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Public-key cryptography plays the central role in the idea of logging into a server from a local machine via SSH. The main point is that a key pair will be generated consisting of a private key and a public key. The public key is available for everyone and often stored on public key servers. Any user has access to this key, whereas the private key must be kept secretly. Messages encrypted with the public key can be decrypted with the private key. Messages signed with the private key can be verified with the public key.
A password-based authentication process (in the common example of OpenSSH) may be vulnerable to brute-force attacks, if no mechanism is in place to detect them. To mitigate this lack of security, ssh supports public key authentication. In order to log in securely to a remote system via a secure shell, a private key/public key pair is generated. The private key is stored on the local machine. The public key is stored on the target machine in the
$HOME/.ssh/authorized_keys file. Public keys are not sensitive information and may be known to anybody, whereas the private key needs to be protected very carefully by a strong passphrase.
ssh-agent remembers the decrypted private key so that the user does not need to type a passphrase every time he or she wants to connect or send data to the server.
The verification to the server is based on challenge-response authentication.
ssh connects to the server with a user name and the request for a key. The ssh daemon gets the request and sends back a challenge based on the public key stored in the authentication file.
ssh uses the private key to construct a key response, and sends it to the waiting
sshd on the other end of the connection. It does not send the private key itself. The ssh daemon validates the key response, and if valid, grants access to the system.
ssh-agent simplifies this by creating a socket that listens for SSH connections. The user simply starts
ssh-agent, telling it how to find their keys (if they are not in the default location), enters the passphrase for each key to be used, on a one-time basis, and then
ssh-agent handles the rest every time the user connects to a remote server.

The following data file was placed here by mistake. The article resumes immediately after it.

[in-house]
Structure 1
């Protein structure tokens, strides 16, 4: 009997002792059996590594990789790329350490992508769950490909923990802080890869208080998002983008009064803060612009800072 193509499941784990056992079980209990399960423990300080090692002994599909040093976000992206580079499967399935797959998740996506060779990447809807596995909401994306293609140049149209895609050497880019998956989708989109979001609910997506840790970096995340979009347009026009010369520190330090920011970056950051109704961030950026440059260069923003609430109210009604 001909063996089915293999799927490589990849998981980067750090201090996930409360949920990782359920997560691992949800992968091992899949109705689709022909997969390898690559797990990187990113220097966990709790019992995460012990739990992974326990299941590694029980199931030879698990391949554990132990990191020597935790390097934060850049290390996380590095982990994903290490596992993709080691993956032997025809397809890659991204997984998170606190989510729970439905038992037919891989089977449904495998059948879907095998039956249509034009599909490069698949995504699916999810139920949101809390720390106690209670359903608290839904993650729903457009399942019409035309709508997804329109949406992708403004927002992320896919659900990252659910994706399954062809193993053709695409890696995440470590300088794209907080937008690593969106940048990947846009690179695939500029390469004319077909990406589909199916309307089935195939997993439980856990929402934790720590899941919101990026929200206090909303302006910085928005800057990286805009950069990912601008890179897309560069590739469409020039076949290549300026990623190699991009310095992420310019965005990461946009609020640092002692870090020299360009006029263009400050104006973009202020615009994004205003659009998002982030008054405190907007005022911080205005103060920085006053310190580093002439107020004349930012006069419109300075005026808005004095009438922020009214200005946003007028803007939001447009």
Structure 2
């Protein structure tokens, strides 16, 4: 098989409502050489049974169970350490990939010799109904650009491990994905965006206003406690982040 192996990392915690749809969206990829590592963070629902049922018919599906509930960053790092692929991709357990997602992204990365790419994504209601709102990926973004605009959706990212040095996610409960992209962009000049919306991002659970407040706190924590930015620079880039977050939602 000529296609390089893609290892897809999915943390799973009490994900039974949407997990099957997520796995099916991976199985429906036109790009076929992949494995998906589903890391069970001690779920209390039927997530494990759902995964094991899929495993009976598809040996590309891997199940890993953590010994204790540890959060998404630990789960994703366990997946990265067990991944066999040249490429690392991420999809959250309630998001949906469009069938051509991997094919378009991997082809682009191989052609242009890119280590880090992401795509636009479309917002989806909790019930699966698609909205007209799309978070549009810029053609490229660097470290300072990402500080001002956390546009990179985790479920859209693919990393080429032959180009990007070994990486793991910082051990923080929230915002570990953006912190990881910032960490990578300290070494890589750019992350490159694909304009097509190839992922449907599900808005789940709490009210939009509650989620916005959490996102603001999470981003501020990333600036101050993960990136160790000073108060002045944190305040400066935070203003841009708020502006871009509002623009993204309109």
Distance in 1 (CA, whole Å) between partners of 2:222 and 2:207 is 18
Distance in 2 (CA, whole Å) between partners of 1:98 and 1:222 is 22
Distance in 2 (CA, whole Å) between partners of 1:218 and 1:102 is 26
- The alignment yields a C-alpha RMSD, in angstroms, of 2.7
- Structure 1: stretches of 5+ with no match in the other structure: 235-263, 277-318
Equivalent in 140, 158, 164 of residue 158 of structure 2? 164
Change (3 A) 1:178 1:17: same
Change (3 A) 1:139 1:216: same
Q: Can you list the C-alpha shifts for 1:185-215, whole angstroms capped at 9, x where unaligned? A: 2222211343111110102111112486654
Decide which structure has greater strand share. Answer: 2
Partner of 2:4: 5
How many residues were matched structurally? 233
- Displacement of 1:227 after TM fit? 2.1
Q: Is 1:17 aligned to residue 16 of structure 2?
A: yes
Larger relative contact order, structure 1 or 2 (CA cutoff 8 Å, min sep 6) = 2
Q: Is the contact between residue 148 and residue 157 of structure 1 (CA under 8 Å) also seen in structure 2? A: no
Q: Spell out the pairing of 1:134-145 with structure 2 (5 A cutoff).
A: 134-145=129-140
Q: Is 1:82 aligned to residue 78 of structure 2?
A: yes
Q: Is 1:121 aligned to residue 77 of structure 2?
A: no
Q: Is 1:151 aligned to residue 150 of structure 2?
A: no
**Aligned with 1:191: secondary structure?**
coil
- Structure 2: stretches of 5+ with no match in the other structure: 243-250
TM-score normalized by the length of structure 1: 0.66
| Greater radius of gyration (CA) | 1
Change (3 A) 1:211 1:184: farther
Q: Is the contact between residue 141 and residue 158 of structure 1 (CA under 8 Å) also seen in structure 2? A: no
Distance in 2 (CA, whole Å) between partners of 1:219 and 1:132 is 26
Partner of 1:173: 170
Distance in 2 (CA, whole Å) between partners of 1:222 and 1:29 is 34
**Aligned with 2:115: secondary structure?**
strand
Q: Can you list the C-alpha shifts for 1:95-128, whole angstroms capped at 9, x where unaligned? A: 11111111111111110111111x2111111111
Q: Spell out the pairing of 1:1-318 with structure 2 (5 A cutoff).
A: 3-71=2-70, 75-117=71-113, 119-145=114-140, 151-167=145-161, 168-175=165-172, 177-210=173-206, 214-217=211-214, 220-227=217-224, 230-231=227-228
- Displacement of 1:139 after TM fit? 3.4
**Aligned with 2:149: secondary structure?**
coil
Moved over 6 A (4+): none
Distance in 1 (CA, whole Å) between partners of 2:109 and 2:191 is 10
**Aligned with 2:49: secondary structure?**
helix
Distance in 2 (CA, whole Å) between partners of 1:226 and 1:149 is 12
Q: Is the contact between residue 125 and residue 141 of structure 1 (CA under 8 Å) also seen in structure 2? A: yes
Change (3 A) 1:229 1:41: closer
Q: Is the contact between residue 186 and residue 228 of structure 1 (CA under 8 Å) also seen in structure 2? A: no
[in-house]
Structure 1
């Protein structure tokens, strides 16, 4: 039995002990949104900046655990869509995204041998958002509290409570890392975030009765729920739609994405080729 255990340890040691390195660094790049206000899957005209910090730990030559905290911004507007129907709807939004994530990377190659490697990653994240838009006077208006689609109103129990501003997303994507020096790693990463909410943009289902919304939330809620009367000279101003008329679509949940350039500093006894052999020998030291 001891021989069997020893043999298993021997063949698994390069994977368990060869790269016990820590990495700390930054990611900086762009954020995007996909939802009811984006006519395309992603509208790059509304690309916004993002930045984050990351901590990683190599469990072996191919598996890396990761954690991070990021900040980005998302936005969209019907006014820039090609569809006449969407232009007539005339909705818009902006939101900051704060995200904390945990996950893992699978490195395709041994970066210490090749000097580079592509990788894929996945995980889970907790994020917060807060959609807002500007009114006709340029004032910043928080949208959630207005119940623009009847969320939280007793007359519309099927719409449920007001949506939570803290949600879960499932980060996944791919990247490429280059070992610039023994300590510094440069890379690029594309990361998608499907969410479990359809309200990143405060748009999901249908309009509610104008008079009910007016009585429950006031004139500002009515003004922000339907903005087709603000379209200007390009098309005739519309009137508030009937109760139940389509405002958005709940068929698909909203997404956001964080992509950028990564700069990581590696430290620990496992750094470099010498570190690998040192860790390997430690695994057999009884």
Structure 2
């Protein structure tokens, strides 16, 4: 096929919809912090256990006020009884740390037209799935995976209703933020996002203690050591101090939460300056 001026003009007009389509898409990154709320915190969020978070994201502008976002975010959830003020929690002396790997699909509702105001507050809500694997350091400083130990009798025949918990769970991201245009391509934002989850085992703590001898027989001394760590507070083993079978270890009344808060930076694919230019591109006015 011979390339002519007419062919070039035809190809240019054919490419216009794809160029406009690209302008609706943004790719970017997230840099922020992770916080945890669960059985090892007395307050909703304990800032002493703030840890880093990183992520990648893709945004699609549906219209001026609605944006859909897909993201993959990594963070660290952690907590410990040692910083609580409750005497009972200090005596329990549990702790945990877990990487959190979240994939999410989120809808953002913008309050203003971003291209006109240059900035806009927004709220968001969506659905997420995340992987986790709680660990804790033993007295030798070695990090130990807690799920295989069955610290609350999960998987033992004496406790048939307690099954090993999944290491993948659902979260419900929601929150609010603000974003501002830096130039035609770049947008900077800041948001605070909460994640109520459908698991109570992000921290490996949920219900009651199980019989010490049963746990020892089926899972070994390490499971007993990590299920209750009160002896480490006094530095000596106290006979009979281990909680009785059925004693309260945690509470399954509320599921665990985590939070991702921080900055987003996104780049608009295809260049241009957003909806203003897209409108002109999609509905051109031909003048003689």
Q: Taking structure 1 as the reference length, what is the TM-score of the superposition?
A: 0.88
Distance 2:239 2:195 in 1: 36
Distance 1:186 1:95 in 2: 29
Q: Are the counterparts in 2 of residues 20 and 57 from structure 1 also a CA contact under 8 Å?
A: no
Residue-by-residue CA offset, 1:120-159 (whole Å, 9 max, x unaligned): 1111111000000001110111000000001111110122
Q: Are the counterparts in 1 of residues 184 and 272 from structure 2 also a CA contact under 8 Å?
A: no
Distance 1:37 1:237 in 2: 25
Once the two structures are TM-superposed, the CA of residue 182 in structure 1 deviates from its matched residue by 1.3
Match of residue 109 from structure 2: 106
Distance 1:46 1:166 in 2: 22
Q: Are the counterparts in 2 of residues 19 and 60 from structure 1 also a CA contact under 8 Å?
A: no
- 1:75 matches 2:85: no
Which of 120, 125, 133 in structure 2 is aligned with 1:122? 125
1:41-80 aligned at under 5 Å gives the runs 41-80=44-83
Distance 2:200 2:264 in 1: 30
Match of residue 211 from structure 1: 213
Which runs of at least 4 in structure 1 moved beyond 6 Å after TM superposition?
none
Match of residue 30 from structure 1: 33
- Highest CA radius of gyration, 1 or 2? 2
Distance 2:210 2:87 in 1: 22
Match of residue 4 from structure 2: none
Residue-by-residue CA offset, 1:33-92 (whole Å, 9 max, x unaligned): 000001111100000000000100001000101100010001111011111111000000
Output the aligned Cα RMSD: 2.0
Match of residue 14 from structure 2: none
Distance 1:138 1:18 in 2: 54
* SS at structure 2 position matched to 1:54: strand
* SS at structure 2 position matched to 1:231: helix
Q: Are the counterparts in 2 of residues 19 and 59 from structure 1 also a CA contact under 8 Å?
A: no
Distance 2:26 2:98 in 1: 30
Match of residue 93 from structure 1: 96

ssh-agent creates a socket and then checks the connections from
ssh. Everyone who is able to connect to this socket also has access to the
ssh-agent. The permissions are set as in a usual Linux or Unix system. When the agent starts, it creates a new directory in
/tmp with restrictive permissions. The socket is located in the folder.
There is a possibility to try to prevent malware from using the
ssh-agent socket. If the
ssh-add -c option is set when the keys are imported into the
ssh-agent, then the agent requests a confirmation from the user using the program specified by the
SSH_ASKPASS environment variable, whenever
ssh tries to connect.
On the local system, it is important that the root user is trustworthy, because the root user can, amongst other things, just read the key file directly. On the remote system, if the
ssh-agent connection is forwarded, it is also important that the root user is trustworthy, because they can access the agent socket (though not the key).
There are many different programs that perform the same functionality as the original OpenSSH ssh-agent, some with very different user interfaces. PuTTY, for example, uses a Graphical User Interface in its bundled Pageant ssh-agent.
There are tools designed to provide key-agent functionality for both symmetric and asymmetric keys; these usually provide ssh-agent functionality as one of their application interfaces. Examples include GNOME Keyring and KWallet.
Some monolithic SSH clients include the ability to remember SSH passphrases across sessions. Examples include: SecureCRT.
Status on Mac OS X
On the Mac OS X operating system, ssh-agent has been integrated since Leopard (version 10.5). Third-party open-source implementations of ssh-agent were available previously, and are still popular with some users.